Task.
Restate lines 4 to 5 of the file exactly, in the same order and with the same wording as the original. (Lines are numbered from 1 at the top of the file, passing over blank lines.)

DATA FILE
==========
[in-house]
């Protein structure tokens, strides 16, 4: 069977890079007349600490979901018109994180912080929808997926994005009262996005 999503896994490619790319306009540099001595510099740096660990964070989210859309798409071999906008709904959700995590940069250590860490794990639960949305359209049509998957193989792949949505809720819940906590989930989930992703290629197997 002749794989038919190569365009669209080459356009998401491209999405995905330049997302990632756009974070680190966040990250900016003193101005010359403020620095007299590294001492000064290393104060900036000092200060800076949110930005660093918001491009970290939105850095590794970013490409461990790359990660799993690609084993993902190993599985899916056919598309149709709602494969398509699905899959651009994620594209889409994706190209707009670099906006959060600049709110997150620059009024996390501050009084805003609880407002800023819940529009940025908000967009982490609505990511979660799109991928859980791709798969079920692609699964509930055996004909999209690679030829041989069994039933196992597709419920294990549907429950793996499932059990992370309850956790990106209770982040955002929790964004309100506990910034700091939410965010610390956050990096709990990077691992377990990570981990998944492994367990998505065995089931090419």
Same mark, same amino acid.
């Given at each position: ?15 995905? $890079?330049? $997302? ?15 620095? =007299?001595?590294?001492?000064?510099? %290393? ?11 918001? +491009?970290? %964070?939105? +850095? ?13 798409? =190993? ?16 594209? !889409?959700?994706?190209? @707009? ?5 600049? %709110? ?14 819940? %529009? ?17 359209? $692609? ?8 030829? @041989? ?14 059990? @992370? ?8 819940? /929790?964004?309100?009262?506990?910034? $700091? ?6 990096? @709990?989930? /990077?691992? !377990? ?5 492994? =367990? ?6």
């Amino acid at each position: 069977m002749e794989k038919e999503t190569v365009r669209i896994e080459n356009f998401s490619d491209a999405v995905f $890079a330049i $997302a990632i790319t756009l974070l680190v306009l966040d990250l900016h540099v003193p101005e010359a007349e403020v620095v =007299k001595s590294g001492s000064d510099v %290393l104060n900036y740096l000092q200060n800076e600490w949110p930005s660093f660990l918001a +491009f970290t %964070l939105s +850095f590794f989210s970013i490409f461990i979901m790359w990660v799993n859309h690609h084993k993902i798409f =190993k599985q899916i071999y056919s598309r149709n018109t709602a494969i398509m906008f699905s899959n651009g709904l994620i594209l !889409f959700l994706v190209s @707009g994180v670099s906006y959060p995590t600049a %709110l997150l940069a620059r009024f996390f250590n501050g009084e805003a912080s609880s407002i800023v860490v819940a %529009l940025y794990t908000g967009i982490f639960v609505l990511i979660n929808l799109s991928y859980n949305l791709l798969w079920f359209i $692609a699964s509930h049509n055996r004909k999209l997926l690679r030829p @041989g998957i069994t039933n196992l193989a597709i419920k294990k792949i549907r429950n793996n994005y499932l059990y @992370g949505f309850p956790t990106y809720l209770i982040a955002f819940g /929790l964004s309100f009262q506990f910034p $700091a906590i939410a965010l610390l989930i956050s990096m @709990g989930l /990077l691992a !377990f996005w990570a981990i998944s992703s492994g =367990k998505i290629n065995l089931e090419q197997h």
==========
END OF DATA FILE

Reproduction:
């Given at each position: ?15 995905? $890079?330049? $997302? ?15 620095? =007299?001595?590294?001492?000064?510099? %290393? ?11 918001? +491009?970290? %964070?939105? +850095? ?13 798409? =190993? ?16 594209? !889409?959700?994706?190209? @707009? ?5 600049? %709110? ?14 819940? %529009? ?17 359209? $692609? ?8 030829? @041989? ?14 059990? @992370? ?8 819940? /929790?964004?309100?009262?506990?910034? $700091? ?6 990096? @709990?989930? /990077?691992? !377990? ?5 492994? =367990? ?6």
């Amino acid at each position: 069977m002749e794989k038919e999503t190569v365009r669209i896994e080459n356009f998401s490619d491209a999405v995905f $890079a330049i $997302a990632i790319t756009l974070l680190v306009l966040d990250l900016h540099v003193p101005e010359a007349e403020v620095v =007299k001595s590294g001492s000064d510099v %290393l104060n900036y740096l000092q200060n800076e600490w949110p930005s660093f660990l918001a +491009f970290t %964070l939105s +850095f590794f989210s970013i490409f461990i979901m790359w990660v799993n859309h690609h084993k993902i798409f =190993k599985q899916i071999y056919s598309r149709n018109t709602a494969i398509m906008f699905s899959n651009g709904l994620i594209l !889409f959700l994706v190209s @707009g994180v670099s906006y959060p995590t600049a %709110l997150l940069a620059r009024f996390f250590n501050g009084e805003a912080s609880s407002i800023v860490v819940a %529009l940025y794990t908000g967009i982490f639960v609505l990511i979660n929808l799109s991928y859980n949305l791709l798969w079920f359209i $692609a699964s509930h049509n055996r004909k999209l997926l690679r030829p @041989g998957i069994t039933n196992l193989a597709i419920k294990k792949i549907r429950n793996n994005y499932l059990y @992370g949505f309850p956790t990106y809720l209770i982040a955002f819940g /929790l964004s309100f009262q506990f910034p $700091a906590i939410a965010l610390l989930i956050s990096m @709990g989930l /990077l691992a !377990f996005w990570a981990i998944s992703s492994g =367990k998505i290629n065995l089931e090419q197997h």